This Is Us recap: Season 1, Episode 4 |

TV Recaps | This Is Us

This Is Us recap: 'The Pool'

The family spends a day at the pool in the '80s — while the grown-up kids try to navigate life now

(Ron Batzdorff/NBC)

This Is Us

Season 1, Ep. 4 | Aired Oct 18

It surely can’t be an accident that an innocent-seeming trip to the pool is used as a framing device for this episode examining the ramifications of a black boy being raised by white parents. After all, America’s swimming pools have a long, sad, racist history (much like busses), and even as we watch events unfold in the slightly more progressive ‘80s, the racial divide is still alive and (un)well at would should be a happy summer hangout.

But the trip isn’t just an opportunity to dive deeper into Randall’s psyche — it brings issues to the surface for all three kids, from Kate’s early body-shaming to Kevin’s insecurities about other people’s love and approval.

The catalyst for the trip is a broken air conditioner, and when it’s announced the remedy will be a day at the pool, Randall has one request: He’d like to go to the pool with the diving board. (We later learn it’s not because he’s a budding Greg Louganis, but rather because other black kids swim there.) Kate is also excited about the trip because it means she’ll get to show off her new Care Bear bikini. (Which would have been a totally nice complement to the Care Bear sheet set I had as a kid. Thanks for nothing, Mom.) The lone hold out is Kevin — he’s not a big fan of the pool. But he’s, like, 8 years old, so he doesn’t really have a say in the matter. Before they head out, Jack coolly mentions that he packed only soft drinks — no beer.

“A whole day at the pool with those kids and no alcohol?” Rebecca asks. He reminds her of his oath to stay sober. (Which obviously feels like foreshadowing of a very not-sober Jack in an upcoming episode.)

Anyway, when they arrive, it becomes apparent everyone else in town had the same idea to cool off at the pool. And you don’t have to have aced college calculus to know that two parents keeping an eye on three children (at a very packed pool) is some pretty tricky math, indeed.

And, unsurprisingly, problems quickly ensue: Kate’s chubby prepubescent two-piece-clad body draws attention. Especially from her supposed friends, who are so “embarrassed” by her appearance that they write her a letter saying as much and that they don’t want to hang out with her any more. (The pig illustration is a particularly gut-wrenching signature.)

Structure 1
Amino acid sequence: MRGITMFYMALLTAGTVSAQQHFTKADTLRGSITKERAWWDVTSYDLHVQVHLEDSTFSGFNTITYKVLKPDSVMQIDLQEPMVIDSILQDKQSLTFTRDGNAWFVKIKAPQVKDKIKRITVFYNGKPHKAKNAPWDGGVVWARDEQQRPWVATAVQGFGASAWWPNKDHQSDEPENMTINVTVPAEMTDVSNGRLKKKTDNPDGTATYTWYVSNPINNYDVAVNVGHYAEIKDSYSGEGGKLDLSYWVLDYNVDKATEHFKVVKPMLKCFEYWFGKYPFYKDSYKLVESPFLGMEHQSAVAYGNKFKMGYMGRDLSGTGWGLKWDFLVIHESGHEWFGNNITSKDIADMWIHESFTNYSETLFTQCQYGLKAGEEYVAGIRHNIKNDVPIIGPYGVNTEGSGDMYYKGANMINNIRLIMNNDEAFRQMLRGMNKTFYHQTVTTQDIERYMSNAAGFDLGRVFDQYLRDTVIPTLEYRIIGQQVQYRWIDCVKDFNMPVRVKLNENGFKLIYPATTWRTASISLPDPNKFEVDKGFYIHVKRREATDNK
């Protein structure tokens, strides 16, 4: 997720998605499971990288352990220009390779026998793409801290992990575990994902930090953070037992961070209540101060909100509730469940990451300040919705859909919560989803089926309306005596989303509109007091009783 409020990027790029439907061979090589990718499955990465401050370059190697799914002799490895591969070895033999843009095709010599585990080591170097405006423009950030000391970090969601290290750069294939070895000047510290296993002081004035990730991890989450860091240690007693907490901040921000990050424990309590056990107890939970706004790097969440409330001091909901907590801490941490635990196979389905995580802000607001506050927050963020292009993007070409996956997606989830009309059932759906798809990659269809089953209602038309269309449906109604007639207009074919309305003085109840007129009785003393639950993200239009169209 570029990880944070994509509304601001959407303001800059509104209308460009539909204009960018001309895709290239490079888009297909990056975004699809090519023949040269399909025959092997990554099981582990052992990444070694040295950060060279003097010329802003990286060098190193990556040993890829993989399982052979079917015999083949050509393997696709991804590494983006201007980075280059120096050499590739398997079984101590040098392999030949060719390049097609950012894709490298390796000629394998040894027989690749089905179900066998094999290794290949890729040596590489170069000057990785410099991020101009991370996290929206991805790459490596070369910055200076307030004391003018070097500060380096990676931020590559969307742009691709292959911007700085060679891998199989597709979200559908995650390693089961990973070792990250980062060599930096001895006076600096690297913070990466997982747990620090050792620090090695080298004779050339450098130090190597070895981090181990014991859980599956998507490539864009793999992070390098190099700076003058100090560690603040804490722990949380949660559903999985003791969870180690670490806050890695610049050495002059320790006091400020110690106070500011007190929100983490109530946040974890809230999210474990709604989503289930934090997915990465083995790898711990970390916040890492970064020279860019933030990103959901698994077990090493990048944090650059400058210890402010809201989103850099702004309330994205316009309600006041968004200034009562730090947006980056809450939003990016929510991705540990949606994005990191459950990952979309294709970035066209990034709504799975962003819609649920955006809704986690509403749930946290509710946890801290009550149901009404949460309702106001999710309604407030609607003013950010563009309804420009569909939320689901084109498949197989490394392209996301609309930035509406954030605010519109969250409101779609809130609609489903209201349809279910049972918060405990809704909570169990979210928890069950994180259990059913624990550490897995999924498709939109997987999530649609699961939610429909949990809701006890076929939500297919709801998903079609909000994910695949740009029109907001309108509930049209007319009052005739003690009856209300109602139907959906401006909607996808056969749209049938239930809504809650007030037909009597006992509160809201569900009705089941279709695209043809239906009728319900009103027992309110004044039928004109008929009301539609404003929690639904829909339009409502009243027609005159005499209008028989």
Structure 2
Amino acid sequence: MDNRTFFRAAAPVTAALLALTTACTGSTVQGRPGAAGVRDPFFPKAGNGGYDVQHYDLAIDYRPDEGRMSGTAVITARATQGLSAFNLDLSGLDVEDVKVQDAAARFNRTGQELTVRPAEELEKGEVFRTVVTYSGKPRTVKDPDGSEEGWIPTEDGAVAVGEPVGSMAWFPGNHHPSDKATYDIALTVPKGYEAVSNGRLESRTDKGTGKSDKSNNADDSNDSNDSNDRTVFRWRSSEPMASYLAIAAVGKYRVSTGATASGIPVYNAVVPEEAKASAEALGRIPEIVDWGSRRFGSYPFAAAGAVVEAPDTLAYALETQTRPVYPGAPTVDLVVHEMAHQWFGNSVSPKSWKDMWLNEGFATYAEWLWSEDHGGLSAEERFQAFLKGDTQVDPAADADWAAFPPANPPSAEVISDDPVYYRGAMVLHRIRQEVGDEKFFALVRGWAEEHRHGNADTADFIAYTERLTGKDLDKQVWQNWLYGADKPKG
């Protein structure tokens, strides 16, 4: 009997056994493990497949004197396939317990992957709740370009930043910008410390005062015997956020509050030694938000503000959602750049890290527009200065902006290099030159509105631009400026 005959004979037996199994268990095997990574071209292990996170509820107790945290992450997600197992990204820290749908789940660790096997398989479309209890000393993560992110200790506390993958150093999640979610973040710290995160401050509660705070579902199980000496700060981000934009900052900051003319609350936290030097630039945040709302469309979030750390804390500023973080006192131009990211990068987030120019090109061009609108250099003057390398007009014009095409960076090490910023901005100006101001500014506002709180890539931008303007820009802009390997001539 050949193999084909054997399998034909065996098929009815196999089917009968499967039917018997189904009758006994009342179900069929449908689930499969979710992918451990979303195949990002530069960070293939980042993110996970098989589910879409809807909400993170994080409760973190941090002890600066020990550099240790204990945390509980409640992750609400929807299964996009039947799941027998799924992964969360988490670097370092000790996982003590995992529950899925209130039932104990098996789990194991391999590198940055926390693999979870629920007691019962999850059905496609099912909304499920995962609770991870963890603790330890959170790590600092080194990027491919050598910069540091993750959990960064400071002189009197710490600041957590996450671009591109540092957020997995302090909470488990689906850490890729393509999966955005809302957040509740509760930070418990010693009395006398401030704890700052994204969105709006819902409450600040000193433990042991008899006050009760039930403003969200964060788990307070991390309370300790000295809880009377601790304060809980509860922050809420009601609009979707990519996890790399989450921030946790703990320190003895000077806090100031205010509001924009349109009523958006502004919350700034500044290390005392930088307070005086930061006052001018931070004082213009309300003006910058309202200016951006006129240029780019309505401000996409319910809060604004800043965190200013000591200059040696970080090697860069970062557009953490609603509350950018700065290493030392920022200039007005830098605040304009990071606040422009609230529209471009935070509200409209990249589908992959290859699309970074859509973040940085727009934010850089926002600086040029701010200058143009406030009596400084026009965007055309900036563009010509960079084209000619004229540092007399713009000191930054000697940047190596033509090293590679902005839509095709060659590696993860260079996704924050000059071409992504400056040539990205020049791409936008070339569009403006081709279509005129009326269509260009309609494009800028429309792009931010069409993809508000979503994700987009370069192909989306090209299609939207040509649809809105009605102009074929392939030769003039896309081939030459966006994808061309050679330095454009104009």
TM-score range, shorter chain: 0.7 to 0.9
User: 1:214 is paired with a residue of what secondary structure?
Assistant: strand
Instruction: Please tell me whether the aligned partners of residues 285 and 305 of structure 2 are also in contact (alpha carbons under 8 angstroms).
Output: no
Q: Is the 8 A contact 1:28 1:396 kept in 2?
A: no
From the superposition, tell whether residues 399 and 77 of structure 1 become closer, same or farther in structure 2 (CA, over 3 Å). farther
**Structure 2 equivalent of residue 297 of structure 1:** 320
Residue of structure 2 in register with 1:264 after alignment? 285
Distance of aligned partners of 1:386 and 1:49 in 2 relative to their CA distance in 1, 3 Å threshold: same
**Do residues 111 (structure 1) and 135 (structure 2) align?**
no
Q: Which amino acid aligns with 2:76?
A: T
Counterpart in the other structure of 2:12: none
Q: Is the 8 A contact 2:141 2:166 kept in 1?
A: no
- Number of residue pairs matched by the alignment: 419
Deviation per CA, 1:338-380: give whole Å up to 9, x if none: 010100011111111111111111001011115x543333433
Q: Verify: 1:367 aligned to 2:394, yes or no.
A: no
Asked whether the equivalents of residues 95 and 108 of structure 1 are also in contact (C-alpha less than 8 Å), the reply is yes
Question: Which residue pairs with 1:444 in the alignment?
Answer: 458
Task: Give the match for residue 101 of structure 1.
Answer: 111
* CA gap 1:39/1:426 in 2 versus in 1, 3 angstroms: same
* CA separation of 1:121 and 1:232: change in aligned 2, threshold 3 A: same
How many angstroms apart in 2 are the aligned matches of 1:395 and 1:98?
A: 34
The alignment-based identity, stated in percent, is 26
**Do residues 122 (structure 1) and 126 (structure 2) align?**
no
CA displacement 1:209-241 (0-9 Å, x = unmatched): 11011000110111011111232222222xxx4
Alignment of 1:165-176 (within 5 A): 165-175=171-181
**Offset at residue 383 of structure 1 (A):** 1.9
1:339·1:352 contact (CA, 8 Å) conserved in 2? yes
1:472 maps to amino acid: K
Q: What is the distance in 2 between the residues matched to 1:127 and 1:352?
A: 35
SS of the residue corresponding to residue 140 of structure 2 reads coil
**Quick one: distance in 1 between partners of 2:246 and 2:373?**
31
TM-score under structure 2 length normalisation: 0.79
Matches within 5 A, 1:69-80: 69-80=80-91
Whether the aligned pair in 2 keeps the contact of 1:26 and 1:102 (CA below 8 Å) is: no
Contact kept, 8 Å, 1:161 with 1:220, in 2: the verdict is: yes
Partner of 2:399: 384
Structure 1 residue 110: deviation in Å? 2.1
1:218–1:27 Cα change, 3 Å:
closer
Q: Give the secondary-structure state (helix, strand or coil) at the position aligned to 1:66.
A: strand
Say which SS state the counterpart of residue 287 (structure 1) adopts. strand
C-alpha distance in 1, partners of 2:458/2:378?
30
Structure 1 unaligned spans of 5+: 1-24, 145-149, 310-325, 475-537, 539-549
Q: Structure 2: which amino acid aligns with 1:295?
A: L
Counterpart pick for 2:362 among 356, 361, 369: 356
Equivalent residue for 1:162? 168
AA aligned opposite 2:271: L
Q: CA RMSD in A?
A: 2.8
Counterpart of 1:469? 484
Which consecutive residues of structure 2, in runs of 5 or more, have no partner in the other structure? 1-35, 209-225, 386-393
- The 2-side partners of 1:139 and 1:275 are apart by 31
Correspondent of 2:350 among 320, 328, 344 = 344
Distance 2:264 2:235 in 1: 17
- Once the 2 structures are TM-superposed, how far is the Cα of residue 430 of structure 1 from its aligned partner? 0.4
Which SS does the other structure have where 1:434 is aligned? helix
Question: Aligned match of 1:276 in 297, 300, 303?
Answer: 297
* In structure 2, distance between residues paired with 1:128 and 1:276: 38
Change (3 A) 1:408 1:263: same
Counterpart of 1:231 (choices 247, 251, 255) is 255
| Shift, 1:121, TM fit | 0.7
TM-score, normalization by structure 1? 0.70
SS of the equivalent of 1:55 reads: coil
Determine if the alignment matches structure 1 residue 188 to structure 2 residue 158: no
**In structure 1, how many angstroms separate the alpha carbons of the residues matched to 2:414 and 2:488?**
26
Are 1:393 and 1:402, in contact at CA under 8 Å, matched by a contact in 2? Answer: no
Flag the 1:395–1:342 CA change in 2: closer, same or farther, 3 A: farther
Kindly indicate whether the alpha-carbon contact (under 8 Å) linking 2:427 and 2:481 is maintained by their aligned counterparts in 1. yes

Meanwhile, Randall has managed to wander off. Rebecca eventually finds him playing with a group of other black kids. She introduces herself to one of the mothers, but said mother needs no introduction: She knows all about the white family who adopted the black child and has yet to introduce themselves. She also advises Rebecca that Randall needs a proper barber who understands black hair — he’s got all those razor bumps on his neck. (Which, not knowing any better, Rebecca had assumed was a rash.) Rebecca, perhaps rightfully so, is offended by the mother’s judgmental tone and marches off with Randall in tow.

All of which means that Kevin, bless his heart, has been left largely to his own devices. And despite pleas that Dad observe his high jinks in the pool, Jack becomes distracted just as his son inches closer and closer to the deep end. Eventually, Kevin reaches a point where he can no longer touch the pool’s bottom and begins to drown. And no one notices. He finally grabs onto a buoy and pulls himself to safety — no thanks to either of his parents. When he emerges from the water, he’s furious.

“You’re so busy making sure Kate’s not eating too much and Randall’s not too adopted,” he screams. “And, meanwhile, where’s Kevin? Oh, guess what, he’s dead!”

Jack consoles him and promises to be a better dad. A promise he puts into action right away with his daughter. Kate’s obviously stung from her friends’ nasty missive and refuses to eat her lunch. So Jack tells her the legend of the nasty green T-shirt he insisted on wearing to the pool despite Rebecca’s best efforts and how the tattered garment can imbue special powers. Kate agrees to wear it with the understanding that it will make her a princess.

And, tying up a few loose strings, Rebecca realizes that she maybe could use some advice when it comes to raising Randall, and seeks out the black woman from earlier for a barber recommendation. And to confirm that Randall does, in fact, require sunscreen.

NEXT: The Right Reasons